Gastroenterology Appointment on March 29, 2022 – High Fasting Blood Sugar Level Despite Healthy Lifestyle and Weight Loss

My ulcerative colitis remains in clinical and biochemical remission. Despite regular exercise, a healthy and modest diet, and shedding 850 grams of body weight, my fasting blood glucose level was higher than that six months earlier.

I saw my gastroenterologist on a scheduled appointment on March 29, 2022.

No Bowel or Other Symptoms

I had been feeling fine, and my energy levels were good. I had no symptoms to report.

My bowel movements were regular, once daily, like clockwork. I didn’t notice any blood or mucus in my stool, and its consistency was normal.

Weight Loss

I weighed 66.95 kg – this was 850 grams less than my previous measurement (67.8 kg), almost six months earlier (October 5, 2021).

My weight on March 29, 2022, was 66.95 kg. I weighed 67.8 kg on October 5, 2021.

In the three months leading up to my appointment on March 29, my exercise had comprised either stair climbing or walking. Each session usually lasted about an hour but occasionally much longer.

I had not rowed, cycled, or run to avoid aggravating left-sided sciatic symptoms. Because of the low intensity of stair climbing and walking, I stair climbed or walked on more consecutive days before taking a rest day, compared to rowing, cycling, or running. To some extent, the greater frequency of exercise made up for the lack of intensity.

There had been no significant changes to my diet for over nine months.

Because I had stayed off cycling and rowing the past few months, I believe some of my weight loss was because of loss of muscle mass and not body fat reduction only.

Blood Pressure and Heart Rate

My blood pressure is usually slightly elevated, around 145–155/85–95 mmHg, when I am at the hospital.

However, to my surprise, my blood pressure, as measured by the sphygmomanometer at the gastroenterology clinic on March 29, was 106/63 mmHg.

My heart rate was 55 beats/minute, which was a little high for me – my resting heart rate is usually 45–50 beats/minute.

My blood pressure was 106/63 mmHg, and my heart rate was 55 beats/minute on March 29, 2022.

Blood Tests

As was usual on the days of my appointments, I had blood tests done in the morning before seeing the doctor in his consulting room.

Elevated Fasting Blood Glucose

Among all the blood tests, the one I was most interested in was my fasting blood glucose.

My fasting blood glucose level on my previous two visits, i.e., on July 6 and October 5, 2021, was 5.6 mmol/L, or 100 mg/dL. With the exercise I had been doing, the diet I was on, and the weight loss of 850 grams I had achieved during the six-month interval between clinic visits, I had expected my blood glucose level to be lower than 5.6 mmol/L.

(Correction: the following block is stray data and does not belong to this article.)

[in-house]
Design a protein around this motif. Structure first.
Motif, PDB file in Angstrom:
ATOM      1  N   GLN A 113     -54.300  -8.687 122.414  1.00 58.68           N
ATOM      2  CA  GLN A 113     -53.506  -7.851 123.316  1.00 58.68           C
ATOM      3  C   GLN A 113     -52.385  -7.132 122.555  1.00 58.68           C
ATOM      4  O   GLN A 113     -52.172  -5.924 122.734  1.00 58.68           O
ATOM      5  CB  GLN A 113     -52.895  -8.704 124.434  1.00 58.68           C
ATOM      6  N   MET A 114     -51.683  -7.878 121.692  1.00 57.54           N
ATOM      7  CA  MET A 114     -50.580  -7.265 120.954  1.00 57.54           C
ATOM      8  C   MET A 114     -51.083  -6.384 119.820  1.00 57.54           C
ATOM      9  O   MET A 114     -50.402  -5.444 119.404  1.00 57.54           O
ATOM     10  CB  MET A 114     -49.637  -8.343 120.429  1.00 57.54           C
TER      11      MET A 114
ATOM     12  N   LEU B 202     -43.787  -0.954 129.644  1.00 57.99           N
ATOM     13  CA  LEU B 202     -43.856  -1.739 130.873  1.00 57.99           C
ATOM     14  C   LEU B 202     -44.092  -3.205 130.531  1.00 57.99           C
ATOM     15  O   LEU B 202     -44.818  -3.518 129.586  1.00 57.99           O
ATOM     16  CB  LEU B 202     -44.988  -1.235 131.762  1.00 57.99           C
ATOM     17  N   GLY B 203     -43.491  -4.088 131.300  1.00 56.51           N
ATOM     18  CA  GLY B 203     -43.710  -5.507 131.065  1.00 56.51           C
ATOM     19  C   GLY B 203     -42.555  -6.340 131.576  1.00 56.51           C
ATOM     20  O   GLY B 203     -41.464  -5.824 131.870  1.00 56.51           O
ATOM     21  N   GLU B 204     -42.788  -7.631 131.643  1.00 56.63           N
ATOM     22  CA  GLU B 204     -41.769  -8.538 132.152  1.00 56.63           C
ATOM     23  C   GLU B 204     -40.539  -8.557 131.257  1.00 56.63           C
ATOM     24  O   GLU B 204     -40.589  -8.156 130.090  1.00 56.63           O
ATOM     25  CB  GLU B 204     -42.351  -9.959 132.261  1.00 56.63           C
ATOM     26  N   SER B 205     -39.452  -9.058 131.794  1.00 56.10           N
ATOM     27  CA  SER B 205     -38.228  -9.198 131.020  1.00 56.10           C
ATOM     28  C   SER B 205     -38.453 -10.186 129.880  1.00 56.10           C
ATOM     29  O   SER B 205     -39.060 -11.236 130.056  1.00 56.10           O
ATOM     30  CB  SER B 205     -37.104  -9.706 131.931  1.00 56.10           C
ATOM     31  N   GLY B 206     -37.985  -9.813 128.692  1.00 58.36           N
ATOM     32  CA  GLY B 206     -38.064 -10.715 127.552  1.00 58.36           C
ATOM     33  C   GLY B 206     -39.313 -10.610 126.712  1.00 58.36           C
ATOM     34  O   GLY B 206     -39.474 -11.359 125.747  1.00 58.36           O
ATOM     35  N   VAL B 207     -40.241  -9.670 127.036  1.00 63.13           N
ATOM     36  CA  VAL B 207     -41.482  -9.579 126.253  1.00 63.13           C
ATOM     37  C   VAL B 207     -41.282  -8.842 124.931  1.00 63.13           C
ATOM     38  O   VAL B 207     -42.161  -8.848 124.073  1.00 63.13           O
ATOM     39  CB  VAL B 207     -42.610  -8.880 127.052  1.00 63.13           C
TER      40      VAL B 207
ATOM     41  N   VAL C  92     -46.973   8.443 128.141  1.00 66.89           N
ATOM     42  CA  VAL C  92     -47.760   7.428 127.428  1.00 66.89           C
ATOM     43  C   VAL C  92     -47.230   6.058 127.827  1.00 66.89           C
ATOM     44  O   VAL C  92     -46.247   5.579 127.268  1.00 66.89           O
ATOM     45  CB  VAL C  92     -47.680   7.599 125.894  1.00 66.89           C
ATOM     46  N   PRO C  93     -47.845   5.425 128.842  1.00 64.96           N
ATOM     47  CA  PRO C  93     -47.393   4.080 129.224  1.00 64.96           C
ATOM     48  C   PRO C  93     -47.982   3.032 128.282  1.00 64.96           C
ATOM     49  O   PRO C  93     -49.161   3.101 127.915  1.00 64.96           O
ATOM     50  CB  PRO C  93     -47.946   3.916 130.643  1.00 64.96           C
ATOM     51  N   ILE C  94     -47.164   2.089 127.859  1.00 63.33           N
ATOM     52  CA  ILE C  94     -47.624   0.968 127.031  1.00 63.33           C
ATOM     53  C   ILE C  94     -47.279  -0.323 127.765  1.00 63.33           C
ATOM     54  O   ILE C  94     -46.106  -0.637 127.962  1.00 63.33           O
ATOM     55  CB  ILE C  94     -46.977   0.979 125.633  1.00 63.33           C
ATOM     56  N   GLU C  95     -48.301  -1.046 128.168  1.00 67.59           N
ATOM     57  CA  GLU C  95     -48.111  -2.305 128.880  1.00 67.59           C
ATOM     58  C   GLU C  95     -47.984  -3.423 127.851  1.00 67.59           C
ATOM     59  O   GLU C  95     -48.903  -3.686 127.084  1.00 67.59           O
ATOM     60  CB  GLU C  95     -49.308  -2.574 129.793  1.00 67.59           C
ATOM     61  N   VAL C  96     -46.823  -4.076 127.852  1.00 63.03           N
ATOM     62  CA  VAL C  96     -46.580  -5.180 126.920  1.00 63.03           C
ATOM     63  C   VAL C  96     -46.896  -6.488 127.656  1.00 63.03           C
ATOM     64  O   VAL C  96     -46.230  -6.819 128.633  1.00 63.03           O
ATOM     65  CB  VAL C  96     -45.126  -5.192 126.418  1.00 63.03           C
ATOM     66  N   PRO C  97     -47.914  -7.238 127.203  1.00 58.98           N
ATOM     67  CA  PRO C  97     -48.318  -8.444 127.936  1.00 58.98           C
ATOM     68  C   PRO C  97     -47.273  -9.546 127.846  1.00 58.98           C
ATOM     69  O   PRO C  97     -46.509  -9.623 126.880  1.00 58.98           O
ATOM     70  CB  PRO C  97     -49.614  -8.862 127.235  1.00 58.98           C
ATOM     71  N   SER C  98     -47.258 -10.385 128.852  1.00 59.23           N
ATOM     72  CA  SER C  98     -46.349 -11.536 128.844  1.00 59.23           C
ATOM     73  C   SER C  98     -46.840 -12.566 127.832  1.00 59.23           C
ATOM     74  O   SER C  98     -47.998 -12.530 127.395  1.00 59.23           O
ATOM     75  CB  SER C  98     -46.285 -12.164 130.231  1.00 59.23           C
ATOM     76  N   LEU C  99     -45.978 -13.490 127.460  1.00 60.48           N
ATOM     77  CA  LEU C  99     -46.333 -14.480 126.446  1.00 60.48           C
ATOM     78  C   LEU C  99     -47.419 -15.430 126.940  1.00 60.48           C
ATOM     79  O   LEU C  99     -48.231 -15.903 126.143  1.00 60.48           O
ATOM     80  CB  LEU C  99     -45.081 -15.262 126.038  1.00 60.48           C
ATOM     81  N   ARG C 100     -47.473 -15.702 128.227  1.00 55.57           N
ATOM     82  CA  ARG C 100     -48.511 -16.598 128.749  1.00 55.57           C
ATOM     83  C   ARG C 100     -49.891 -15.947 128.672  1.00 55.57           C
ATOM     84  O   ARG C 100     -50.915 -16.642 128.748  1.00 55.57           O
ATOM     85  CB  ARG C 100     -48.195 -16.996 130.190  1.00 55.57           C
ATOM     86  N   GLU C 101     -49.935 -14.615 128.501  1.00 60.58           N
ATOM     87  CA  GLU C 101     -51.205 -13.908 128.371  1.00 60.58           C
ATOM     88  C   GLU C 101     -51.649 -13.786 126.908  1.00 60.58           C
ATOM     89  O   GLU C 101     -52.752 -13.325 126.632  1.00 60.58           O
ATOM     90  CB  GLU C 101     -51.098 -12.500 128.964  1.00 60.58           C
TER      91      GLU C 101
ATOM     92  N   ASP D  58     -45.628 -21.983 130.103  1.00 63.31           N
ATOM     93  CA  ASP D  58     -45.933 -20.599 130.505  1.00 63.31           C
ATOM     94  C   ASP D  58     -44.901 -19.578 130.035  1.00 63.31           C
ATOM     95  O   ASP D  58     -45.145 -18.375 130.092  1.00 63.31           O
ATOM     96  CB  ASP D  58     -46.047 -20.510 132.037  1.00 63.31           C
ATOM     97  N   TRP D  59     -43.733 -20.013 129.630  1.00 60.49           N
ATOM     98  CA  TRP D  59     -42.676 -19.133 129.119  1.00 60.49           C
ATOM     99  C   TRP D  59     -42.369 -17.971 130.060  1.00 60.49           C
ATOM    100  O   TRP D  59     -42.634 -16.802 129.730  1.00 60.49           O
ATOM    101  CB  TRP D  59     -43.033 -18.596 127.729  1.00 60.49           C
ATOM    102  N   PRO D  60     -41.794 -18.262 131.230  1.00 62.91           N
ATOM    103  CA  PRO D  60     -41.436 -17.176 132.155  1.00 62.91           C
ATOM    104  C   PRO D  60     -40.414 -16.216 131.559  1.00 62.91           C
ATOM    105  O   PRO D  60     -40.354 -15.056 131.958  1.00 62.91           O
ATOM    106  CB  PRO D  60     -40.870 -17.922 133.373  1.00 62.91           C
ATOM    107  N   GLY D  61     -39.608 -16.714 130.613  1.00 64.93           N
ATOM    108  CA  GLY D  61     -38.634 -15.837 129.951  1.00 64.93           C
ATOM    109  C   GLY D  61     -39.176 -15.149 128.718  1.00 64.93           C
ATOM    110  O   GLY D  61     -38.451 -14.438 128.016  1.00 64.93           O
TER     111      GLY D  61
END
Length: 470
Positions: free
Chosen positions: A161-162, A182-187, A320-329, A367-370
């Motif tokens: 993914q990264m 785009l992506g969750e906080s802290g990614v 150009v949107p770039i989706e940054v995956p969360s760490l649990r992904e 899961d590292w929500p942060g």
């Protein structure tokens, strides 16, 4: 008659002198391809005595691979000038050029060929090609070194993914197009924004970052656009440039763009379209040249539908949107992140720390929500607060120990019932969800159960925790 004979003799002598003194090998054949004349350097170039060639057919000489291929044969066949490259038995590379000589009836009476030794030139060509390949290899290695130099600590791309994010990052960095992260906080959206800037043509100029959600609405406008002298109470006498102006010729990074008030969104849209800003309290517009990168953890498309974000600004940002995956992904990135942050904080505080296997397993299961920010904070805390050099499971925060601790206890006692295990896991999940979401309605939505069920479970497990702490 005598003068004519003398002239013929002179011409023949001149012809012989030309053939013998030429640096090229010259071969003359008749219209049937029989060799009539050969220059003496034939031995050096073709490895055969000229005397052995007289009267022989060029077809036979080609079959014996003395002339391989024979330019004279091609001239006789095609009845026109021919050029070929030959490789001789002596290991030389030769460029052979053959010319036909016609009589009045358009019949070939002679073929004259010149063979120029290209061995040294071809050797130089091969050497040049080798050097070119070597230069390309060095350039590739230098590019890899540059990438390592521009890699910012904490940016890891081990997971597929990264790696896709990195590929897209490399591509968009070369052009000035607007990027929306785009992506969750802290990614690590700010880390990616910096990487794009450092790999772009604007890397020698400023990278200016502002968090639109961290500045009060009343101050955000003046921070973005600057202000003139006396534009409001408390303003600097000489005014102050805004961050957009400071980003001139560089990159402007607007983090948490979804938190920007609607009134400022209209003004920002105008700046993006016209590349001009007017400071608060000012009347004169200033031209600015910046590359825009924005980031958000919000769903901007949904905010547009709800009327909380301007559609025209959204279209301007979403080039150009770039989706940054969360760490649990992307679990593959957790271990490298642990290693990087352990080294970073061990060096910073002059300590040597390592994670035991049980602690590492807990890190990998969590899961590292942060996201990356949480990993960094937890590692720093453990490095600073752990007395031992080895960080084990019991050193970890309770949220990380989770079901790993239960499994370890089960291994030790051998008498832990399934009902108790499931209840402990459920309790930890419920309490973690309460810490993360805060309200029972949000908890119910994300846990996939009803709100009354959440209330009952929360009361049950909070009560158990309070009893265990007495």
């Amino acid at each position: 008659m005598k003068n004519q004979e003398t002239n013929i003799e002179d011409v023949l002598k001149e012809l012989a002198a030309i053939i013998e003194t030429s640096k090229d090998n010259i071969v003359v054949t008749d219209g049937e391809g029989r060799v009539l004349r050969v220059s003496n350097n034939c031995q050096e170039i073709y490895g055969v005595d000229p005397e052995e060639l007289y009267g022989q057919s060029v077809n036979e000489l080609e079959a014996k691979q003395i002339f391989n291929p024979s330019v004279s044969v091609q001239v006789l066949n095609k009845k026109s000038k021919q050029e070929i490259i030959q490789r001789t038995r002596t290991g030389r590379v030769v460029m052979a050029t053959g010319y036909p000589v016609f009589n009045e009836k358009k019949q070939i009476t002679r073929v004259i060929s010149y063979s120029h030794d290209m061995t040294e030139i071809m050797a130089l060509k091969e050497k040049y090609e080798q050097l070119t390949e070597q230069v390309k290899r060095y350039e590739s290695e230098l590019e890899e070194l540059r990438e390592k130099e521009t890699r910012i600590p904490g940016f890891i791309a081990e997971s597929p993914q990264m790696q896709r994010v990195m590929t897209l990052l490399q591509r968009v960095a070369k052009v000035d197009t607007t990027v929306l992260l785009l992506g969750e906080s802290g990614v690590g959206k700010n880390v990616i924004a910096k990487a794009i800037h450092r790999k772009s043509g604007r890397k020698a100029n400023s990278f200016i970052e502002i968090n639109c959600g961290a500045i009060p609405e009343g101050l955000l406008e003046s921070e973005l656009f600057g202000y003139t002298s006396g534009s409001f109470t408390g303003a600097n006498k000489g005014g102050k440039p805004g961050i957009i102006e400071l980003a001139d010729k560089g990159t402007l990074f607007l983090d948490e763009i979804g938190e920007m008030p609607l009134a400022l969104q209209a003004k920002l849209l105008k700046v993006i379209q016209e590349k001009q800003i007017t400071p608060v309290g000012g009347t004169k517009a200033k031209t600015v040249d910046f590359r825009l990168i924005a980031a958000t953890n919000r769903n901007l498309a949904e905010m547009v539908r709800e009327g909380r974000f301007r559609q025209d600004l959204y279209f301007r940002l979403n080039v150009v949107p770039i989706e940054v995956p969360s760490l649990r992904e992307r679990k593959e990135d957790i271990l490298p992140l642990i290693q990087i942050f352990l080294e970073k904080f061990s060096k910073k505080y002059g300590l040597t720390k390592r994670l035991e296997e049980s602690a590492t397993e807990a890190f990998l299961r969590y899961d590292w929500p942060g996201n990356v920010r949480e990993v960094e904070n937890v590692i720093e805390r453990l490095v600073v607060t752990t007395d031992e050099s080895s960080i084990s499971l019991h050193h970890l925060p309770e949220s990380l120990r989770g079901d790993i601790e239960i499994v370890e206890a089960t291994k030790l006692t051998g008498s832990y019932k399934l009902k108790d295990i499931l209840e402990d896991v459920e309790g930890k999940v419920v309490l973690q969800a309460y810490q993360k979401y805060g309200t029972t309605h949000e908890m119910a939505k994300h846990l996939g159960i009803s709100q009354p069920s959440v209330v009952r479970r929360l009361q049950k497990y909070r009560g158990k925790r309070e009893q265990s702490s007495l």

So, when my gastroenterologist told me my fasting glucose level was 5.8 mmol/L, I was more than taken by surprise.

I was both astonished and disappointed by the result. It was akin to doing everything right for an exam, expecting to score an A grade, and getting a C instead.

My instant reaction was, “I can’t believe it!”

There was no reason for my glucose level to have been the same, let alone higher.

The only risk factors for diabetes I can identify are:

  • Age – I am over 45 years of age;
  • Family history of Type 2 diabetes – my father has Type 2 diabetes; and
  • Southeast Asia descent.

I am not overweight (my body mass index is 22.6), exercise almost every day and consume what most consider a healthy, and modest diet.

Because of a slightly elevated gamma-glutamyl transferase (GGT), my gastroenterologist suggested I might have non-alcoholic fatty liver disease. He ordered another ultrasound scan of my abdomen on the day of my next appointment.

However, I believe there was a more straightforward explanation for the raised blood glucose level. I will discuss this issue in my next blog post.

High Non-HDL Cholesterol

My non-HDL cholesterol level was a tad high at 3.6 mmol/L (laboratory reference range: <3.37). The rest of my lipid profile was normal.

Raised Uric Acid

My uric acid level was high (again) – 459 μmol/L (laboratory reference range: 142–416). Six months earlier, my uric acid was 440 μmol/L. My uric acid has been above the normal range for over 17 years. Hence, the result on March 29 did not surprise to me.

There is no apparent cause for my high uric acid level. I have not drunk alcohol since diagnosed with ulcerative colitis about four years ago. My diet is not rich in purines, and I’m not taking any drugs that may cause hyperuricemia.

The other parameters of the renal function test were within normal limits.

Slightly High Gamma-Glutamyl Transferase

My gamma-glutamyl transferase (GGT) level on March 29 was 53 IU/L, slightly above the laboratory reference range (0–50). My GGT was 29 IU/L on October 5, 2021. The other parameters of my liver function test were normal.

Normal Full Blood Count

Blood counts were within normal limits.

Normal Erythrocyte Sedimentation Rate and C-Reactive Protein

My erythrocyte sedimentation rate (ESR) and C-reactive protein (CRP) – inflammatory markers – were both normal.

Normal Urine Analysis

Analysis of my urine did not find any abnormality.


Putting it all together:

  1. My ulcerative colitis remains in clinical and biochemical remission.
  2. I had lost 850 grams of body weight in six months through regular exercise and limiting my calorie and carbohydrate intake.
  3. My fasting blood glucose level (5.8 mmol/L) was higher than the two previous measurements (both 5.6 mmol/L) six and nine months earlier, despite the regular physical activity, a healthy and unchanged diet, and shedding 850 grams in about six months.
  4. My uric acid level was above the normal range – this has been a long-standing problem but not one I have been concerned about.

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